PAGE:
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What is prevention?

Violence against women, in all its forms, is preventable.

Consequently, ‘prevention’ is one of the 4 ‘Ps’ along with protection, provision and participation which characterises the Scottish Government’s shared understanding and approach to tackling violence against women and is the focus of Violence Against Women Prevention Scotland.

The public health field uses a model, (“public health model”), which describes primary, secondary and tertiary prevention efforts or interventions.

Primary prevention means stopping violence before it occurs.

The primary prevention approach is central to the World Health Organization (WHO) World report on violence and health,  which, in its study of all forms of violence (including ‘intimate partner violence’), defines violence it as a public health issue and emphasises the importance of primary prevention, addressing root causes and taking a multi-agency response.  WHO also states that primary prevention policies and programmes help prevent violent behaviour through interventions designed to eliminate the underlying causes and risk factors and strengthen protective factors.

Primary prevention activities are those which take place before the violence occurs. The Prevention Institute defines primary prevention as “taking action to build resilience and to prevent problems before they occur." (Prevention Institute, 2004.)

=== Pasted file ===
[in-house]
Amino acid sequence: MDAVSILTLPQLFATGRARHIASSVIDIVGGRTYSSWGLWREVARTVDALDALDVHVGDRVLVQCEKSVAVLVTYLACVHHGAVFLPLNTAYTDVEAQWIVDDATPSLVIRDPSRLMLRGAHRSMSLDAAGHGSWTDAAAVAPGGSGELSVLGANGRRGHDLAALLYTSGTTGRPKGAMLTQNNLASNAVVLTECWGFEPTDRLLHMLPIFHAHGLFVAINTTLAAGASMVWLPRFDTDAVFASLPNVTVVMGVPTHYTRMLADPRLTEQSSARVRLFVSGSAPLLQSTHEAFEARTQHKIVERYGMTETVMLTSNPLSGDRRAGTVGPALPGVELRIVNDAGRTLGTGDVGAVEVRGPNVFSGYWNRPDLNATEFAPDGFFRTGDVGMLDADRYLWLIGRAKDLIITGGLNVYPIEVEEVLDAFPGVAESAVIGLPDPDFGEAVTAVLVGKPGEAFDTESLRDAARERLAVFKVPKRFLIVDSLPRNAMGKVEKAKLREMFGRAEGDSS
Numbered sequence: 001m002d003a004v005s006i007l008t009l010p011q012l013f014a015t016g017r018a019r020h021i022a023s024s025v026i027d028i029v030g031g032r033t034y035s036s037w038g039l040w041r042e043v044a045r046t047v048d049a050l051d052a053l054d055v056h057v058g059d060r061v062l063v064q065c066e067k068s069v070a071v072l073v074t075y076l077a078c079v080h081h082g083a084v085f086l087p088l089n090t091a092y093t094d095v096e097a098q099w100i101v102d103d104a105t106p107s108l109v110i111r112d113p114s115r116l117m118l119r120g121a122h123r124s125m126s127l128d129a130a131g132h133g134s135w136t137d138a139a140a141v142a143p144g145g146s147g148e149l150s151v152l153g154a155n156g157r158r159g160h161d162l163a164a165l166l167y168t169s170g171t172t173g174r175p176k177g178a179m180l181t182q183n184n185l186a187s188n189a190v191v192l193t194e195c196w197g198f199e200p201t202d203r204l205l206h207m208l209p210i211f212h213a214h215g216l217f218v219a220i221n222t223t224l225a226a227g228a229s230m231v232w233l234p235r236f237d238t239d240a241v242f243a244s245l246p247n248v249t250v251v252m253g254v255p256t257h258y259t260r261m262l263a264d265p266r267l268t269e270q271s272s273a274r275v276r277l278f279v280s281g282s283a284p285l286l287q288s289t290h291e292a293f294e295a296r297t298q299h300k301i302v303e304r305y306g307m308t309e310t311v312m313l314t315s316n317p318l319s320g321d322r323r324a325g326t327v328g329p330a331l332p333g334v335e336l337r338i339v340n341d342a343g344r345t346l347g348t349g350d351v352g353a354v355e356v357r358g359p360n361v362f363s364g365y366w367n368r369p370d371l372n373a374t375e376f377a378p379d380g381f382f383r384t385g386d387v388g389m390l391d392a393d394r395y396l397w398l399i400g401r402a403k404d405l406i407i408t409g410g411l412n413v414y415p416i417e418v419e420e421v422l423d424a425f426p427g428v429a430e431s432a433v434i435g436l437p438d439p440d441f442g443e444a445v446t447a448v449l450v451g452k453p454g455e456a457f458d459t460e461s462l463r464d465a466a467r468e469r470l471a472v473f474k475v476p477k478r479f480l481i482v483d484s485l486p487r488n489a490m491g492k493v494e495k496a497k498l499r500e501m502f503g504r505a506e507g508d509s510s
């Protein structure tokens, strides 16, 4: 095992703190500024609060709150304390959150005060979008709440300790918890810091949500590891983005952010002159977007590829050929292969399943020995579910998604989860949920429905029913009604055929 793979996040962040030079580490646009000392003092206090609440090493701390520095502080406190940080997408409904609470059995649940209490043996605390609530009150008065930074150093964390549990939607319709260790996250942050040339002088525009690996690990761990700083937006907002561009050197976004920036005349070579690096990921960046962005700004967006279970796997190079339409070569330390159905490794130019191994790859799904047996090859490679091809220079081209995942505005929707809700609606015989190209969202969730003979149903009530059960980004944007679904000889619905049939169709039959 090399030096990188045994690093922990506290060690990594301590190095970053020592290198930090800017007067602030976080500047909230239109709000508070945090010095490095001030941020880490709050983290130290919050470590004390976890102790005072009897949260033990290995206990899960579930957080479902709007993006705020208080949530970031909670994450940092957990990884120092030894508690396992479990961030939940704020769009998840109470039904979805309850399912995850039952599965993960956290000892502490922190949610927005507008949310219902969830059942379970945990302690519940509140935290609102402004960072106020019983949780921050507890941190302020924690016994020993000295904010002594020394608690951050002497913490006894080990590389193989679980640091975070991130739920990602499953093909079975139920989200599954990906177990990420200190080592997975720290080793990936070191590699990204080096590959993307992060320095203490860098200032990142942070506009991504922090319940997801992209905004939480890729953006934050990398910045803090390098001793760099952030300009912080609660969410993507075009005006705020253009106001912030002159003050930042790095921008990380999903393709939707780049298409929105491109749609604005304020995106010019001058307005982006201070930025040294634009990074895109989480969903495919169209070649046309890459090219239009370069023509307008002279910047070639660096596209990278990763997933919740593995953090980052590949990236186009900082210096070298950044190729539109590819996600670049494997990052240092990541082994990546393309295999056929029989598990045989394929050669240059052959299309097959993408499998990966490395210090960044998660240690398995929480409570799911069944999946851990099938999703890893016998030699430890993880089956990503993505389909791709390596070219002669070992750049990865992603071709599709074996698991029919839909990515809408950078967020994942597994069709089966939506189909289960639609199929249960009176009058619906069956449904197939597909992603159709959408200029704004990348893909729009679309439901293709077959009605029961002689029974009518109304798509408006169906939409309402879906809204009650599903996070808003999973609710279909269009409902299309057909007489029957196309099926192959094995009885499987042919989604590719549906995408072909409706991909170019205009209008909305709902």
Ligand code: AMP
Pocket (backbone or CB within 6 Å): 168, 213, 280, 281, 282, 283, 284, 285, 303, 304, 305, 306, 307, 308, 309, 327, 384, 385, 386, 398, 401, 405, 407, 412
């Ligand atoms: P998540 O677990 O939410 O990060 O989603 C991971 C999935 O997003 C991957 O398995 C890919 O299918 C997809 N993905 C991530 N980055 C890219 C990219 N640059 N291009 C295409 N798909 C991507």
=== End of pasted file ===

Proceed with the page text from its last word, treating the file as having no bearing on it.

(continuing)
Primary prevention seeks to prevent even the initial perpetration or victimisation – this means any first or new acts of violence, any first or new episodes of violence, any first or new victims of violence, or any first or new perpetrators of violence. This could take the form of public education leading to changes in social norms, policy changes, public service announcements, other media-based means of information dissemination, awareness raising on attitudes with young people in schools and so on.

Secondary prevention takes place immediately after the violent event occurs and includes steps which decrease the likelihood of the event reoccurring. Some examples are Rape Crisis, Women’s Aid and child protection services. It can include helping those affected to find safe housing, health services and so on.

Tertiary prevention takes a long-term approach by working with survivors over time and intervention programmes for perpetrators of abuse.  It addresses the long-term effects of violence, including health, productivity, economic, safety and well-being.


Our approach to Prevention

Violence Against Women Prevention Scotland is a network of professionals involved in a wide range of prevention projects.

Our focus is on primary prevention - preventing violence against women before it happens.  It means challenging deep-seated attitudes about gender inequalities and how men and women should be.  Often these are accepted as ‘just the way things are’.  For example, Zero Tolerance Charitable Trust found that:

  • One in two boys and one in three girls thought that there were some circumstances when it was okay to hit a woman or force her to have sex
  • Over one third of the boys thought that they might personally hit a woman or force a woman to have sex
  • Over half the young people knew someone who had been hit by their male partner and exactly half knew someone who had been sexually abused

Find out more about prevention.